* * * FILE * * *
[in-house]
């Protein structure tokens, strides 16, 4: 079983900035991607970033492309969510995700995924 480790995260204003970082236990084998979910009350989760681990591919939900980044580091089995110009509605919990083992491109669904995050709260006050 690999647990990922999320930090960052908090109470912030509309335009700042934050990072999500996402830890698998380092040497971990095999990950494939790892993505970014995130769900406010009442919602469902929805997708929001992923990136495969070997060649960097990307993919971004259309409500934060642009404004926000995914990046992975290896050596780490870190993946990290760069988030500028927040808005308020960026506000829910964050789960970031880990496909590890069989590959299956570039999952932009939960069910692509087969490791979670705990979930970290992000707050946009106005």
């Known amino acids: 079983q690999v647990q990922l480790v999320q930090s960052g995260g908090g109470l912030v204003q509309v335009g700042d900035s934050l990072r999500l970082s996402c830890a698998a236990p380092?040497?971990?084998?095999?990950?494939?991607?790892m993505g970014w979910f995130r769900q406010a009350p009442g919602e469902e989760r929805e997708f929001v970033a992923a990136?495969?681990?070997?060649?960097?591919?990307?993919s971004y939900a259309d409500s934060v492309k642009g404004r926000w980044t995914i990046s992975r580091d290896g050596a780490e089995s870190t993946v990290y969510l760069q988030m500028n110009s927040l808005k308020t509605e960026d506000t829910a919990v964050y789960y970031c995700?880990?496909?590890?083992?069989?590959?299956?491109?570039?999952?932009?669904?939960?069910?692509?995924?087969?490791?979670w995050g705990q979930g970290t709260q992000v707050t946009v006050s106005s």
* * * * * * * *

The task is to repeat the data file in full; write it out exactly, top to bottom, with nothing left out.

[in-house]
């Protein structure tokens, strides 16, 4: 079983900035991607970033492309969510995700995924 480790995260204003970082236990084998979910009350989760681990591919939900980044580091089995110009509605919990083992491109669904995050709260006050 690999647990990922999320930090960052908090109470912030509309335009700042934050990072999500996402830890698998380092040497971990095999990950494939790892993505970014995130769900406010009442919602469902929805997708929001992923990136495969070997060649960097990307993919971004259309409500934060642009404004926000995914990046992975290896050596780490870190993946990290760069988030500028927040808005308020960026506000829910964050789960970031880990496909590890069989590959299956570039999952932009939960069910692509087969490791979670705990979930970290992000707050946009106005």
């Known amino acids: 079983q690999v647990q990922l480790v999320q930090s960052g995260g908090g109470l912030v204003q509309v335009g700042d900035s934050l990072r999500l970082s996402c830890a698998a236990p380092?040497?971990?084998?095999?990950?494939?991607?790892m993505g970014w979910f995130r769900q406010a009350p009442g919602e469902e989760r929805e997708f929001v970033a992923a990136?495969?681990?070997?060649?960097?591919?990307?993919s971004y939900a259309d409500s934060v492309k642009g404004r926000w980044t995914i990046s992975r580091d290896g050596a780490e089995s870190t993946v990290y969510l760069q988030m500028n110009s927040l808005k308020t509605e960026d506000t829910a919990v964050y789960y970031c995700?880990?496909?590890?083992?069989?590959?299956?491109?570039?999952?932009?669904?939960?069910?692509?995924?087969?490791?979670w995050g705990q979930g970290t709260q992000v707050t946009v006050s106005s």